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Vb is not my language of choice , but I have to do this for school and I'm not having a very easy time with VB's documentation. I'm just creating a very simple console application that accepts user input: degrees in Celsius, and converts it into Fahrenheit. I want to make sure that if the user just hits enter without entering the degrees in Celsius, then an if else statement will catch and write to enter Celsius again. Here's what I've tried:

Module Module1
'Chapter 2:     Celcius to Fahrenheit
'Programmer:    Scott McPherson
'Date:          February 2, 2012
'Purpose:       To Convert User Input Celcius to Output Fahrenheit
    Dim decCelcius As Decimal = 0
    Dim decFahrenheit As Decimal = 0

Sub Main()
    'Input in Celcius
    Console.Write("Enter the degrees in Celsius: ")

    If CDec(Console.ReadLine()) <> 0 Then
        decCelcius = CDec(Console.ReadLine())
        decFahrenheit = 1.8 * decCelcius + 32
        Console.WriteLine("Don't make me ask again! ENTER THE DEGREES IN CELSIUS: ")
        decCelcius = CDec(Console.ReadLine())
        decFahrenheit = 1.8 * decCelcius + 32
    End If
    Console.WriteLine("Degrees in Fahrenheit = " & decFahrenheit)
End Sub

End Module

How can I get this to work?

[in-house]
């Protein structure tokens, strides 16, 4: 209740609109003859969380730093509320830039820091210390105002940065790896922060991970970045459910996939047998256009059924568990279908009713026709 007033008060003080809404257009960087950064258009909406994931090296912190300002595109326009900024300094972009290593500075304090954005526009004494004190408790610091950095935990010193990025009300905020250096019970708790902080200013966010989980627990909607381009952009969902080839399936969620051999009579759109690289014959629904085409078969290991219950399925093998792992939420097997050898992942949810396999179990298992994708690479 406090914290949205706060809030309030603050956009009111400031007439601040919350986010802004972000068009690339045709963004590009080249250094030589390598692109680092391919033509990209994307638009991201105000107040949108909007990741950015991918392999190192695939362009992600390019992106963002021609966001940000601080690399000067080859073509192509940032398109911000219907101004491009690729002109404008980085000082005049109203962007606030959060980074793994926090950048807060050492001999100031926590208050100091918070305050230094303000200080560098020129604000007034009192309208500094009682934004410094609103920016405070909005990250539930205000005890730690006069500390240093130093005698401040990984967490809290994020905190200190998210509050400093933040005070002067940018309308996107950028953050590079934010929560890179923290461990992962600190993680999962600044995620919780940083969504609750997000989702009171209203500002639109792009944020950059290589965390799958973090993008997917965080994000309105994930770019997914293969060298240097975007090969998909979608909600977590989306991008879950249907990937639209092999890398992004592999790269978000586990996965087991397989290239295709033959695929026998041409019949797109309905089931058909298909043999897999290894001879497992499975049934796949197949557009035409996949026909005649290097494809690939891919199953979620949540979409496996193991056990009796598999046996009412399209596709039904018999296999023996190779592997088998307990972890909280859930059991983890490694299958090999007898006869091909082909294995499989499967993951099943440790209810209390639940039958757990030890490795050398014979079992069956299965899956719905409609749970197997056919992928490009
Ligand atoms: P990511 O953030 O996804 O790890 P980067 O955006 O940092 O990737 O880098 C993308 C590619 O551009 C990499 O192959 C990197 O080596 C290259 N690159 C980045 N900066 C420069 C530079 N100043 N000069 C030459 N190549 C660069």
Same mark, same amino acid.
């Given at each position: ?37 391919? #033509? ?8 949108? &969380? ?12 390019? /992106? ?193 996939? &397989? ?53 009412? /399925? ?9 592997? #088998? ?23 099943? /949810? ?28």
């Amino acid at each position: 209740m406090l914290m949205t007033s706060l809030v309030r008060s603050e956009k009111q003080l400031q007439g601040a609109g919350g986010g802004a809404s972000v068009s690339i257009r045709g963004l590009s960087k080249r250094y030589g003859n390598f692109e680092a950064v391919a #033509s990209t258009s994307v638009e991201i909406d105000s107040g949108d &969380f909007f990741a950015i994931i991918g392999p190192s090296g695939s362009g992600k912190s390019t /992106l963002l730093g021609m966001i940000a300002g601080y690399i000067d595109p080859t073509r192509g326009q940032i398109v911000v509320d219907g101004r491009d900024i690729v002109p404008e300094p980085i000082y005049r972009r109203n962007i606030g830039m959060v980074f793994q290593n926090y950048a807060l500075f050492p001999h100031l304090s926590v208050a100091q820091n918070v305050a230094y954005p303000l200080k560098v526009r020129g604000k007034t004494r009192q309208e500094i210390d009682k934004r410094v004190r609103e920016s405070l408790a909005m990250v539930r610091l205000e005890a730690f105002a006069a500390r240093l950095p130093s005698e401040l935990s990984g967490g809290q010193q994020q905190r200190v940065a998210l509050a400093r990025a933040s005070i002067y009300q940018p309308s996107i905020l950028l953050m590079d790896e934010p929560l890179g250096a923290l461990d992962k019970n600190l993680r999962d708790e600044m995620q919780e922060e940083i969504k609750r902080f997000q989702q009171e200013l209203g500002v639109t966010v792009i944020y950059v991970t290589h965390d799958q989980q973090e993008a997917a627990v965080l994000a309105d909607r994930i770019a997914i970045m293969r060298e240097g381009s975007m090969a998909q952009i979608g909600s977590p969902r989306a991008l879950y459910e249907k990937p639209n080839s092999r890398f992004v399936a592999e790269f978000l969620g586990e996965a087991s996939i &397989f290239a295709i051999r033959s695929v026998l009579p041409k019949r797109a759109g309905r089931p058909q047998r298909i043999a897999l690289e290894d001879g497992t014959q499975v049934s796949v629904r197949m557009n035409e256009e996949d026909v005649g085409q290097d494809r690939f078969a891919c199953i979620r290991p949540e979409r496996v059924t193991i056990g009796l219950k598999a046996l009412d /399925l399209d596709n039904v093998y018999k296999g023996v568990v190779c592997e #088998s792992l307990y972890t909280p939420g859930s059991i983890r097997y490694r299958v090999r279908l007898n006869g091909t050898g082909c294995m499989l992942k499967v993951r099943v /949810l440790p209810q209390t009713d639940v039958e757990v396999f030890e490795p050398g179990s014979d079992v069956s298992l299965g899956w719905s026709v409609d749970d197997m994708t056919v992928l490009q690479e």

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1 Answer 1

up vote 1 down vote accepted

The biggest problem with your current method of validating the input is that the CDec operator doesn't return an error when the conversion fails. You're compensating for this by checking to see if the entered value was converted to 0, but that means you're going to display the rude error message if they enter 0, which is actually a valid temperature value!

So rather than the CDec operator, you probably want to switch to using the Decimal.TryParse method, which has the advantage of separating the success/failure from the actual converted value.

The simple overload of this method accepts only two parameters: the string value you want to convert (in your case, as returned by the Console.ReadLine() method) and a reference (in VB.NET terms, a value that is passed ByRef) to a variable of type Decimal that will be filled in with the result of the conversion, if it is successful. The function returns a Boolean value that indicates success or failure.

You could get away with using this simple overload, but it's probably "better" to use the somewhat more complicated version because it allows you to specify the culture to use when attempting to parse the specified value. Since some cultures use periods (.) as the decimal separator, and others use the comma (,), this is necessary for a culture-neutral application. That might be a bit too forward-looking in your case, though. :-)

Beyond fixing that immediate problem, it would also be better to replace your If/Else If statements with a While loop. That way, it will keep running over and over until the user manages to enter a valid number. This not only gives the user as many chances as they need, but it saves you from having to duplicate your code inside both of the If blocks.

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